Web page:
'Black people's Fourth of July': Events celebrate Juneteenth in York County this weekend

Tina Locurto
York Dispatch
Artist Ophelia Chambliss, of Manchester Township, talks about the mural "Community of Color" after it is unveiled at Voni Grimes Gym in York City, Thursday, Nov. 2, 2017. Just under 200 community members worked together in painting the project. Additional pieces will be added to the mural when funds have been raised for the adhesive. Dawn J. Sagert photo

African American history is American history — that's the message Nacole Gaines said she hopes to spread at the second-ever Juneteenth celebration in York County this Saturday.

Juneteenth, a holiday commemorating the emancipation of Black slaves in the United States, will be celebrated in York County through historical exhibits, music and food.

"Juneteenth Day is basically Black people's Fourth of July," said Gaines, one of four event organizers for Juneteenth York 2021. "This is how Black people celebrate their freedom. I want everybody in the city to come and celebrate with us."

This year, those interested can be part of the Juneteenth festivities, from noon to 4 p.m. Saturday at the Voni Grimes Gym, 125 E. College Ave.

The free event will feature music, dance, poetry, local vendors, educational resources and activities for children.

Artist Ophelia M. Chambliss, of Manchester Township, is photographed at York County History Center in York City, Tuesday, March 2, 2021. Chambliss will be opening an exhibit at the center in June.  Dawn J. Sagert photo

Last year, the event was held during the COVID-19 pandemic, limiting certain activities and the number of people who could attend. 

Though the event is only in its second year, Juneteenth York 2021 picked up several sponsors— which has motivated and inspired Gaines to continue growing the event bigger and better in the future.

"We're giving people a little bit of culture and history about Juneteenth Day," Gaines said. "We're trying to make this as grand as it can be."

In addition to Juneteenth York 2021, the York County History Center will be launching a new exhibit four years in the works on Saturday to celebrate and highlight local Black history.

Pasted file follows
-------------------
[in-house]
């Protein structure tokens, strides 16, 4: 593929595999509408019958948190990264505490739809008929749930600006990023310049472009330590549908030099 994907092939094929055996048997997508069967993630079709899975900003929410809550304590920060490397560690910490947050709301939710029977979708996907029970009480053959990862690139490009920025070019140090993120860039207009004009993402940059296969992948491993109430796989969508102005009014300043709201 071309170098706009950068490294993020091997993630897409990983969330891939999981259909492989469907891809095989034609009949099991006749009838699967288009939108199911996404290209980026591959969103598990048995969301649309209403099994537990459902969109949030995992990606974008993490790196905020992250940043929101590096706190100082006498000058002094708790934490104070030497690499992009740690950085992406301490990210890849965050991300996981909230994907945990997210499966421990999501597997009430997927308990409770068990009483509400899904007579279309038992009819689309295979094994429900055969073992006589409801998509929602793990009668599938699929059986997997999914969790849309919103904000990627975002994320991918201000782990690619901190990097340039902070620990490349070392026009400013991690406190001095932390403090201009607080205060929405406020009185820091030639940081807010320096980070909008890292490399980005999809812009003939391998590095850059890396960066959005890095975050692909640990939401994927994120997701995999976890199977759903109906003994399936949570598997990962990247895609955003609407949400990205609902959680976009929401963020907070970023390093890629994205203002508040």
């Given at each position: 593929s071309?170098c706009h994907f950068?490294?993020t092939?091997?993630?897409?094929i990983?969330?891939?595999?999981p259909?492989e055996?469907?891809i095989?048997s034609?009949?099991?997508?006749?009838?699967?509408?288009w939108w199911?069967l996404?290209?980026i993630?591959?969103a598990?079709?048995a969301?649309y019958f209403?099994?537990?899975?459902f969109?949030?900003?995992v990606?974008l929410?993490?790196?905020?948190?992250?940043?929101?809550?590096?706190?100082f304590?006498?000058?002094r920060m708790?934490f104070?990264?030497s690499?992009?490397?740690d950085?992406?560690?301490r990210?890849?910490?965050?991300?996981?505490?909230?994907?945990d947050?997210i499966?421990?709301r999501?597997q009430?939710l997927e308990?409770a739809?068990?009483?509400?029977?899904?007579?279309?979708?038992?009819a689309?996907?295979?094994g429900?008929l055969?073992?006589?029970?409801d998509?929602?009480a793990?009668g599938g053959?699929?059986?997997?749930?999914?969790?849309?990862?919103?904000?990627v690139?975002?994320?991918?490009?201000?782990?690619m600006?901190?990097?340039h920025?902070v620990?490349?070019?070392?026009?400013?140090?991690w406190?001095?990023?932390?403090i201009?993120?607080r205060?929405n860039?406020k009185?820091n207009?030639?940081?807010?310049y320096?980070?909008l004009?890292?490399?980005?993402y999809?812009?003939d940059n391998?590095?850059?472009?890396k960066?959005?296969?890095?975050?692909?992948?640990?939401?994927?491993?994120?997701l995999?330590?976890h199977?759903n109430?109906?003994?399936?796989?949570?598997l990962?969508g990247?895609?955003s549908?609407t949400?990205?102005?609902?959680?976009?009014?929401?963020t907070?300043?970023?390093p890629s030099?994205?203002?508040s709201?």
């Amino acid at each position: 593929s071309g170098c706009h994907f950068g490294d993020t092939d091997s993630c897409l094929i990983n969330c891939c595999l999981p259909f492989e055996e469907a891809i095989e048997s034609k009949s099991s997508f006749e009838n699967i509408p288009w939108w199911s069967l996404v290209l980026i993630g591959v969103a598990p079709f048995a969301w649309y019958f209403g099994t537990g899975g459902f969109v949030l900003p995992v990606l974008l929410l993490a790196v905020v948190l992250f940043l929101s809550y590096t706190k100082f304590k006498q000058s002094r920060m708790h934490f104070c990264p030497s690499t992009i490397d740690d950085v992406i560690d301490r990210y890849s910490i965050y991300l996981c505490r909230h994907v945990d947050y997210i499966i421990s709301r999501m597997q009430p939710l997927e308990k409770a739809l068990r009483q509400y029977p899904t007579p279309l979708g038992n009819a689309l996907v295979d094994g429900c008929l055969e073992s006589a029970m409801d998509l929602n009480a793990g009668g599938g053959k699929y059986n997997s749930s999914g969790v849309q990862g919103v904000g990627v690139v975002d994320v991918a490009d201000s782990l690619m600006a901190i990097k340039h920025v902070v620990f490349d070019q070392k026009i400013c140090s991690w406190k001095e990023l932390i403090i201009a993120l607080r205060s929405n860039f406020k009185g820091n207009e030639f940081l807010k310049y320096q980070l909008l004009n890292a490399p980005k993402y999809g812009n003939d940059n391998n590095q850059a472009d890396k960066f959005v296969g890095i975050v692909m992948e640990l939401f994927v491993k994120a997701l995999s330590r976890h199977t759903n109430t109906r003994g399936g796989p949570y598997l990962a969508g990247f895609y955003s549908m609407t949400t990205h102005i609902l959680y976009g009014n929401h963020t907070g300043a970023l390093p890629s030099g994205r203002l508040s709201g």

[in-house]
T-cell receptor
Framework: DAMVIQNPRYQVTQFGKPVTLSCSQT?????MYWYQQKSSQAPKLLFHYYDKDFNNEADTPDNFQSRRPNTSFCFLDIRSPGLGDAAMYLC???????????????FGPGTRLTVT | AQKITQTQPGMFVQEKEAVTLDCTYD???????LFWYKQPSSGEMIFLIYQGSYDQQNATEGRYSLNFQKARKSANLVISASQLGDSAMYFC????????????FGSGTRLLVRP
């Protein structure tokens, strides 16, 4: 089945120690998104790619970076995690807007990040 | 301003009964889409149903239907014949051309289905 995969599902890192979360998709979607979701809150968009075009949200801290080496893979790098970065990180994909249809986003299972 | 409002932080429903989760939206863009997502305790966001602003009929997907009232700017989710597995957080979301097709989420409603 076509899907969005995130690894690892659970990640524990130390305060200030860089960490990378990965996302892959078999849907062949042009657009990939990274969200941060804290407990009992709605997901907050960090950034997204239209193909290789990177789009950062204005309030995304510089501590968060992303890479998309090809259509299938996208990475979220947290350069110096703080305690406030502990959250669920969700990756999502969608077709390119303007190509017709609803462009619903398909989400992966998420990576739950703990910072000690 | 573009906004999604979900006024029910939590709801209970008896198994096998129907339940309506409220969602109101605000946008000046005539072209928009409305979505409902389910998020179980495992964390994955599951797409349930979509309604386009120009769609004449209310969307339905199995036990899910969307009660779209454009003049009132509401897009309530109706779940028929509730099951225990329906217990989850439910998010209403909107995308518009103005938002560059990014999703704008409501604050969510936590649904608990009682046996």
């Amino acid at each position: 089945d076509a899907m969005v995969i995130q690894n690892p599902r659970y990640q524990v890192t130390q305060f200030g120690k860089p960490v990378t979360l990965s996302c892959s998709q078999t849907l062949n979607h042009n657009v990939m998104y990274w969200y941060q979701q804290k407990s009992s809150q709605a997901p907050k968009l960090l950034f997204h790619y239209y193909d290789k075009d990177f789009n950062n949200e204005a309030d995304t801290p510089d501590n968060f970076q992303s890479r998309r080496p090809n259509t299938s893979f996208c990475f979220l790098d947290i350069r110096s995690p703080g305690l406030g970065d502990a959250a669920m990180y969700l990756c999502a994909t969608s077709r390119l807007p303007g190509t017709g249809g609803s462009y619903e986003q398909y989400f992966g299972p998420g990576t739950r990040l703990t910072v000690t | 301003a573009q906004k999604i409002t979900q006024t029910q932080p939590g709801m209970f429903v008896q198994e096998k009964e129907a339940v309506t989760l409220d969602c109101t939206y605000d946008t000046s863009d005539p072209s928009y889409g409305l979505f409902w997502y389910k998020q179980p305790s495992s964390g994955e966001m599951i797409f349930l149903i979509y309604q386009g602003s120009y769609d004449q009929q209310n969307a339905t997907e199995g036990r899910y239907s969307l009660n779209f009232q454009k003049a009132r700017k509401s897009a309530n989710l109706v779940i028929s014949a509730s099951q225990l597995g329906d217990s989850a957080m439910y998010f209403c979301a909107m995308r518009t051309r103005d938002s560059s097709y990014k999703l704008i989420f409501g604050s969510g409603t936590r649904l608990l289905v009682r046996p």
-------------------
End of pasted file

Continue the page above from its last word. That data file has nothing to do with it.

The exhibit, which will be on display until Dec. 31 in the history center's meeting hall, 250 E. Market St., was curated by Ophelia Chambliss.

"I'm excited that it all came together," Chambliss said. "I think we all have some good points on this timeline of York's Black history — I'm really hoping people come out to see it."

Through her research, Chambliss has conducted around 30 interviews and gathered visual media to tell the stories of York's Black community, particularly recounting events from their perspectives growing up in York County.

One resident Chambliss interviewed was John Jamison, who owned Brother Johns Grocery Store, formerly located at 564 N. Pershing Ave. During their interview, Jamison recalled a program for school-aged children to bring in their report cards in exchange for candy, as part of an incentive to do well in school.

Artist Ophelia M. Chambliss, of Manchester Township, is photographed with her painting titled "Peaceful Protest" which is on display at York College Center for Community Engagement in York City, Tuesday, March 2, 2021. Chambliss will be opening an exhibit at York County History Center in June.  Dawn J. Sagert photo

Chambliss said small community stories like Jamison's help illustrate a larger picture of communities of color in York County.

"It's the things that we thought were important for people to know about growing up in York's Black community," Chambliss said.

During the exhibit, residents will have the chance to add their own stories, photos and history to the timeline, said Nicole Smith, the York County History Center's director of library and archives.

In addition, a rare copy of the Emancipation Proclamation signed by Abraham Lincoln will be available for viewing until July 3, Smith said.

"We think it's essential that people need to understand Black history to understand all of our history," Smith said. "Understanding Black history is essential to understanding our community."

Chambliss said she chose June 19 as the opening day for the exhibit — instead of during Black History Month — as a way for residents to have an opportunity to celebrate during the summer.

"We tend to lump so many things together during Black History Month," Chambliss said. "We want to celebrate Black history every day — not just February."

Citing Juneteenth as a "turning point" for American history, Chambliss said the date is important because it marks the day slaves in Texas learned of their freedom.

"The significance of Juneteenth is not everybody recognized they were free until that message got to them," Chambliss said. 

— Reach Tina Locurto at tlocurto@yorkdispatch.com or on Twitter at @tina_locurto.